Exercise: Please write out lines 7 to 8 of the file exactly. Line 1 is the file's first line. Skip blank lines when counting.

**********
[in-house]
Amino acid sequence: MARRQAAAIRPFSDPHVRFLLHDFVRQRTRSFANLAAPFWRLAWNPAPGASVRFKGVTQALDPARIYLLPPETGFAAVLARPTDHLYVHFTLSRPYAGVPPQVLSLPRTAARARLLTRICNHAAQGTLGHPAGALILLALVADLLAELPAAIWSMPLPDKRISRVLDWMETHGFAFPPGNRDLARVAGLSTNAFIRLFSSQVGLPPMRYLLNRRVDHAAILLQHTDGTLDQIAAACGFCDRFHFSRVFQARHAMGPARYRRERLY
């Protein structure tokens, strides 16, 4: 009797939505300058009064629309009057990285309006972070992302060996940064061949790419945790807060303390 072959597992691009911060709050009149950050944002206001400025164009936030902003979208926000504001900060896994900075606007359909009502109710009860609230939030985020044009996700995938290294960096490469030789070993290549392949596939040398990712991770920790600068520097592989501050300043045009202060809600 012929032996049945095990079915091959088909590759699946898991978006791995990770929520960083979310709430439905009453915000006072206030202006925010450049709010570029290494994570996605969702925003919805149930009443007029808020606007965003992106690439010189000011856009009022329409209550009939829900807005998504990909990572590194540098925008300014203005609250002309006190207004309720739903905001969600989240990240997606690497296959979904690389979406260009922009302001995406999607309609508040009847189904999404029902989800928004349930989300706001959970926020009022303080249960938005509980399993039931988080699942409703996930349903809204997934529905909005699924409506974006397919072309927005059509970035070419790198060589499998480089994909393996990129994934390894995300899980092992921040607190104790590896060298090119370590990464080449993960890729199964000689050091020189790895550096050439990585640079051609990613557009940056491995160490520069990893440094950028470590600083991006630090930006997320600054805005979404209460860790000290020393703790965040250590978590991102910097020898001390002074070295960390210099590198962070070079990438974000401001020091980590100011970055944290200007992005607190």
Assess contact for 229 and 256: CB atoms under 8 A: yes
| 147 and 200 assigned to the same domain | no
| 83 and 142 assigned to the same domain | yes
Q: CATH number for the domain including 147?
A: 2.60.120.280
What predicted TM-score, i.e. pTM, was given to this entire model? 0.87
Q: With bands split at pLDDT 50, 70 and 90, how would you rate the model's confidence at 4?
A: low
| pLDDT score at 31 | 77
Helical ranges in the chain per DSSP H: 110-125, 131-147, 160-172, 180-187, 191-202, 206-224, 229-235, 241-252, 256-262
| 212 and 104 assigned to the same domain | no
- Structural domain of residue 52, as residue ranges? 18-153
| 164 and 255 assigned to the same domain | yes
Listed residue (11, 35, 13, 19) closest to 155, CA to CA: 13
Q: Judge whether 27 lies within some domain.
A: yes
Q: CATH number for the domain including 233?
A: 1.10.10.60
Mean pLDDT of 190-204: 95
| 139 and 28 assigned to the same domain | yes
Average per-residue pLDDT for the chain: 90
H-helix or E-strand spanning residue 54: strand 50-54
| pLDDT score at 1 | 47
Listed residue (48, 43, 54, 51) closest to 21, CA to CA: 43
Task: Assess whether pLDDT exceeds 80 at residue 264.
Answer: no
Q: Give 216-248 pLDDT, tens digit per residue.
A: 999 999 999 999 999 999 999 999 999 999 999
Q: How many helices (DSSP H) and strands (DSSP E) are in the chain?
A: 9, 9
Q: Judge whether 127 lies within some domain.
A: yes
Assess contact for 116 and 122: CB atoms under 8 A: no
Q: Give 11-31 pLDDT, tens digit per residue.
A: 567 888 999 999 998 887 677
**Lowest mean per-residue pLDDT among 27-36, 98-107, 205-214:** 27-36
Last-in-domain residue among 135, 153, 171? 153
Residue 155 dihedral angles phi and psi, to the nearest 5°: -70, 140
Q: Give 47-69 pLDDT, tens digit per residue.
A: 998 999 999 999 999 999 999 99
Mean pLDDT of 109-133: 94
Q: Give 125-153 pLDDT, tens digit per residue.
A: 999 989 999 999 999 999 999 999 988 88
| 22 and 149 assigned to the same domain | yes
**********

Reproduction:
Q: CATH number for the domain including 147?
A: 2.60.120.280